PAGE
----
This year that is 2020, due to online school the twins could spend the whole of Diwali month in Goa, celebrating with their grandparents, aunts, uncles and cousins. Goa is the birth place of my twins. They were born here and spent their early years here at my maternal home. So being Goans, the culture and traditions of Goa hold a special place in their hearts.
Diwali in Goa is a big religious event. It is celebrated over 5 days in October or November, with the Naraka Chaturdashi day being the most important. Diwali is the confluence of five festivals in Goa, which include:
- Narak Chaturdashi
- Laxmi Pujan
- Balipratipada (Padvo)
Dhanteras, also known as ‘Dhanatrayodash’ marks the beginning of the Diwali festival in Goa. On this day, people purchase utensils and jewellery to bring good luck. The word is derived from ‘Dhan’ meaning wealth and ‘Teras’ which means thirteen. The day falls on the thirteen lunar day of Krishna Paksha in the Hindu month of the calendar, every year. The day usually falls 1-2 days before Diwali. This year, the festival was celebrated on the 13th of November, which was Friday and one day before the festival of lights.
Just like many Indian festivals, this day is too linked to famous Hindu mythological stories. There’s an interesting story behind Dhanteras, for which people worship Lord Yamaraja on this day. As per one of the popular stories, it is believed that the horoscope of a king’s son predicted that he will die on the fourth day of marriage after getting bitten by a snake. On the 4th day of his marriage, his wife decided to turn the fate around. She made sure her husband didn’t sleep, as she narrated stories to keep him awake.
To lure the snake away, she laid out all the ornaments and coins at the entrance in a heap. It is believed when the God of Death came in disguise of a snake, he was blinded by all the dazzling jewellery and coins. This way the serpent couldn’t enter the prince’s chamber and also got hooked to the wife’s stories and songs. It is believed that he silently left the place in the morning and bared the life of the prince.
Another interesting story which is very popular is the one featuring Lord Dhanvantari, who is the physician of the Gods and an incarnation of Lord Vishnu, who came out of an ocean that is believed to be churned by the Gods and demons on the day of Dhanteras.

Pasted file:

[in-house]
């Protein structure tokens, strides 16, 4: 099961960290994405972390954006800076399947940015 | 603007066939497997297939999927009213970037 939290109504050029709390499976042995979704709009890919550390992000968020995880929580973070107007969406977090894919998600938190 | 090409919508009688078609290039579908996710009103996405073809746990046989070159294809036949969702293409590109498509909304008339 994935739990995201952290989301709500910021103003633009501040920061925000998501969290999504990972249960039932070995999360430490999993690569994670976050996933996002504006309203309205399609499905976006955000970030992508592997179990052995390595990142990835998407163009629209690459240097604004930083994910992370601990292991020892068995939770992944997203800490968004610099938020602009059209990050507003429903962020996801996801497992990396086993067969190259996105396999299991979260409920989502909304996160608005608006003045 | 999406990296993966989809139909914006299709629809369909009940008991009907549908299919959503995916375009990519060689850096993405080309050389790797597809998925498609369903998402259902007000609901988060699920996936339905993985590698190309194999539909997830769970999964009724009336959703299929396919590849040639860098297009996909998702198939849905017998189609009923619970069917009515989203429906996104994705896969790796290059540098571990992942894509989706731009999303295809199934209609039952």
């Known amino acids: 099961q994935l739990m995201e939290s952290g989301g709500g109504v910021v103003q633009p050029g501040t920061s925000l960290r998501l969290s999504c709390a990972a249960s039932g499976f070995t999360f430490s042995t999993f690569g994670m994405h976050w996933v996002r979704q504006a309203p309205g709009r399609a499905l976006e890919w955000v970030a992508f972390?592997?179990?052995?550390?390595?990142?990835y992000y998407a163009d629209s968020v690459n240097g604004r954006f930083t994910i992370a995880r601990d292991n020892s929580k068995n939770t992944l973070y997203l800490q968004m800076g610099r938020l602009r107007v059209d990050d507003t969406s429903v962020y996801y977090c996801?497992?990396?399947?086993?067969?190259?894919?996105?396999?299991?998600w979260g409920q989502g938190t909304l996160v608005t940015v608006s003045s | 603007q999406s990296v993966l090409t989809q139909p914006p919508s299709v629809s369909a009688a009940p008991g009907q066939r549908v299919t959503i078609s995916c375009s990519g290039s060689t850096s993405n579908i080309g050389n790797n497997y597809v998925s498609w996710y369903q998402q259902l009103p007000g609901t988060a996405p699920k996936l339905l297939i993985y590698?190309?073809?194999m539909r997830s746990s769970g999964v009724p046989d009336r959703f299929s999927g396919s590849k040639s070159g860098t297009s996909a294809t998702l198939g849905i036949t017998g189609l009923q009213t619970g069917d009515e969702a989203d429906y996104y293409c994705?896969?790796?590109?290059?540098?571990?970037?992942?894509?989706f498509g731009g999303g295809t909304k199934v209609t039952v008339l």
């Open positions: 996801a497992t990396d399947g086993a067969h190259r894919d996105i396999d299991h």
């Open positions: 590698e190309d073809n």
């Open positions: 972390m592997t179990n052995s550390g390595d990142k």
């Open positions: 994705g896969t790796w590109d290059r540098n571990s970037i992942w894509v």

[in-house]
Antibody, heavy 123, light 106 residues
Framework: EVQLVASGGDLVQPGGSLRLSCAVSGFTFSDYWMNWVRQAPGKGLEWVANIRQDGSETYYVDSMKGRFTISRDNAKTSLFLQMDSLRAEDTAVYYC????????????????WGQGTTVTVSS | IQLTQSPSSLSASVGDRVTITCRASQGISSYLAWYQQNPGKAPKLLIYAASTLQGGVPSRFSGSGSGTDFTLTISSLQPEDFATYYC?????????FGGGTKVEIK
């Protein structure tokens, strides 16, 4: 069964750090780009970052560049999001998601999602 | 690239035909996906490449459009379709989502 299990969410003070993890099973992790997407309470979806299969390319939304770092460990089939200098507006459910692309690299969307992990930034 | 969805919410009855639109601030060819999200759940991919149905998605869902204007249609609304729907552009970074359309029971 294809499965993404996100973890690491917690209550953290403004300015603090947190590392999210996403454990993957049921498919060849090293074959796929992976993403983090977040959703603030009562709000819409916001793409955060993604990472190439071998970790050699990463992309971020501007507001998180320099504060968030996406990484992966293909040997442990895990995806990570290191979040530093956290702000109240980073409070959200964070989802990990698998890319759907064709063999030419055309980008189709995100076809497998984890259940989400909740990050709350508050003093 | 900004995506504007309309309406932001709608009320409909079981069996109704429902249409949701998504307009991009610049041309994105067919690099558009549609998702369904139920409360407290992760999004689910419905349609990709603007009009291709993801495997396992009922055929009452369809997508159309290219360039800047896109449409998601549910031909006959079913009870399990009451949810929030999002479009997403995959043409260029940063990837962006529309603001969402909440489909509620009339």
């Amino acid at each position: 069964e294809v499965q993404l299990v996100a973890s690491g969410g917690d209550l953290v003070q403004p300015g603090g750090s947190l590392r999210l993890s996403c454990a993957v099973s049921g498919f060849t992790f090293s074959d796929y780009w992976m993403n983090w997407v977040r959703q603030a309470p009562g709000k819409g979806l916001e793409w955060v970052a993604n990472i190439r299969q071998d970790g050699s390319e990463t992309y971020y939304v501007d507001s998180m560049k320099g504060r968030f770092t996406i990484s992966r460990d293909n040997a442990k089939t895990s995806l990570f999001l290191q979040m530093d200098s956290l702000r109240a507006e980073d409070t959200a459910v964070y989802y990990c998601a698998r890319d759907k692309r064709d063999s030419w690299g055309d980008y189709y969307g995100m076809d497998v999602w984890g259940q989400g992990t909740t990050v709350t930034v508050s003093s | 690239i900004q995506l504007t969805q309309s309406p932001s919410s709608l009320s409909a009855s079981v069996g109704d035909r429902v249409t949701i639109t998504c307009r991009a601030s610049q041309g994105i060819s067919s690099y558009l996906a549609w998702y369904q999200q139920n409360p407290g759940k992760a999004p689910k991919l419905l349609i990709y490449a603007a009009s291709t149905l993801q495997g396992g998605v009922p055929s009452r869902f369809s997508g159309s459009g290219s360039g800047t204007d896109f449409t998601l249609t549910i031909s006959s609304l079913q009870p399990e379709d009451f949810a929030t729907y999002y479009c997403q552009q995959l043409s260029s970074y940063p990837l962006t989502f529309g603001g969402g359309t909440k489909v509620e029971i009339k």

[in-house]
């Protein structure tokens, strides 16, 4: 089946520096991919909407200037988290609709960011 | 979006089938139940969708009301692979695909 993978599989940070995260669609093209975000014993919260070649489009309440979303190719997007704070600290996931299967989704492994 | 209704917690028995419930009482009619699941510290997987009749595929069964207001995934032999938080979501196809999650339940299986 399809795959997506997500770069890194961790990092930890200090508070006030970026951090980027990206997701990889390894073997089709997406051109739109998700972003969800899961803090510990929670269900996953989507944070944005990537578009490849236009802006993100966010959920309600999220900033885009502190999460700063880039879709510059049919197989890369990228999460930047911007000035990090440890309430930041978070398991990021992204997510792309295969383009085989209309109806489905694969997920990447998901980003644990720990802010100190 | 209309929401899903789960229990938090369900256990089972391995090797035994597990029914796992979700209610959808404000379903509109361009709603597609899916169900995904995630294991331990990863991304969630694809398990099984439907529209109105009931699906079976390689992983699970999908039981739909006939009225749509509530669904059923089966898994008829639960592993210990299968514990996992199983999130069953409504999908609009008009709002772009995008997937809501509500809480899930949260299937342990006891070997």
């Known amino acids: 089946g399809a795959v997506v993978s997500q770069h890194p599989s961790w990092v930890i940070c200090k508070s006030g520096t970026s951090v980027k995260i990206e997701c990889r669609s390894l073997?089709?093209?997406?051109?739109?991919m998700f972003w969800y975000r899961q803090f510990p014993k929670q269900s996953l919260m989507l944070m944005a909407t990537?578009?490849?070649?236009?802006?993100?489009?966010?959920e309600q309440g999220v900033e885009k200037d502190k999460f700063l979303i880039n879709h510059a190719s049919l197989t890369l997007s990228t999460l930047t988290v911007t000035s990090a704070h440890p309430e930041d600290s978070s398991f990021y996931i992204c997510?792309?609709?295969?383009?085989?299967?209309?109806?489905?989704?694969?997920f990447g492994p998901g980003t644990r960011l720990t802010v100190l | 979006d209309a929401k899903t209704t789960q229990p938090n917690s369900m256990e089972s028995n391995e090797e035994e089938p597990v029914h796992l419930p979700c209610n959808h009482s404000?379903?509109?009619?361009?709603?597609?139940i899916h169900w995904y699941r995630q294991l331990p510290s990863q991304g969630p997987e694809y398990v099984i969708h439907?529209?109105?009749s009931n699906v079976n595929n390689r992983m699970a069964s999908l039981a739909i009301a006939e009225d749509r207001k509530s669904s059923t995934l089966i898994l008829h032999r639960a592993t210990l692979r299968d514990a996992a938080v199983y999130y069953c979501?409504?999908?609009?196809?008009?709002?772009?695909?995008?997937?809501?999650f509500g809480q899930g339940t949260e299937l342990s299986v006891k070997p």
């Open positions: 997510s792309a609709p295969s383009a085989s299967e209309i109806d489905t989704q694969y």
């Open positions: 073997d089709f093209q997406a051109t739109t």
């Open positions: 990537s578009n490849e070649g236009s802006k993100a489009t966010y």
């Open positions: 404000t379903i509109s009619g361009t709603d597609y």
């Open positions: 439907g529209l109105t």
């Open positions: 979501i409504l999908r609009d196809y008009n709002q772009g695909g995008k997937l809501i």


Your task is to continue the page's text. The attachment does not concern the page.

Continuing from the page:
Since then Dhanteras is known as one of the most auspicious days and one of the biggest festivals for Hindus. People also worship Lord Yamaraja, the God of Death in the night and offer prayers to seek blessings. Just before Diwali people clean their houses, decorate with lights and diyas to keep the evil forces and negative energy away.
There are many legends related to the festival of Diwali in India. However in Goa the Narkasur legend of Diwali is well known and is the reason for the Diwali celebrations. Diwali in Goa is marked by Narak-chaturdashi, in which huge effigies of the demon Narkasur are built and then burnt.
According to the legend of Narkasur it is known that in the ancient times, the beautiful land of Goi or Gomantak was ruled by the demon king Narkasur. Narkasur had obtained a lot of powers which made him quite arrogant and he began to spread terror, causing destruction and torture people wherever he went.
The people of Goa thus prayed and the gods asked Lord Krishna for help. A great battle was fought between Narkasur and Lord Krishna in which Lord Krishna, with the help of Satyabhama, shot his famous Sudharshan Chakra, and slayed the demon.
This gave birth to a beautiful tradition in Goa of making Narkasur effigies.
We first make a skeleton using bamboo strips woven together. Then we cover the skeleton with old newspaper using homemade glue. We decorate the effigy using bright coloured paper.
The mask is also made of paper, which is made as scarier as possible. The inside of the effigy is kept hollow, so that we can enter it and make Narkasur dance on the beats of the drum. Some firecrackers are also put into the effigy for some excitement, while burning it. The effigy of Narkasur is then taken in a procession and later burnt at dawn amidst a lot of firework to begin the festival of Diwali.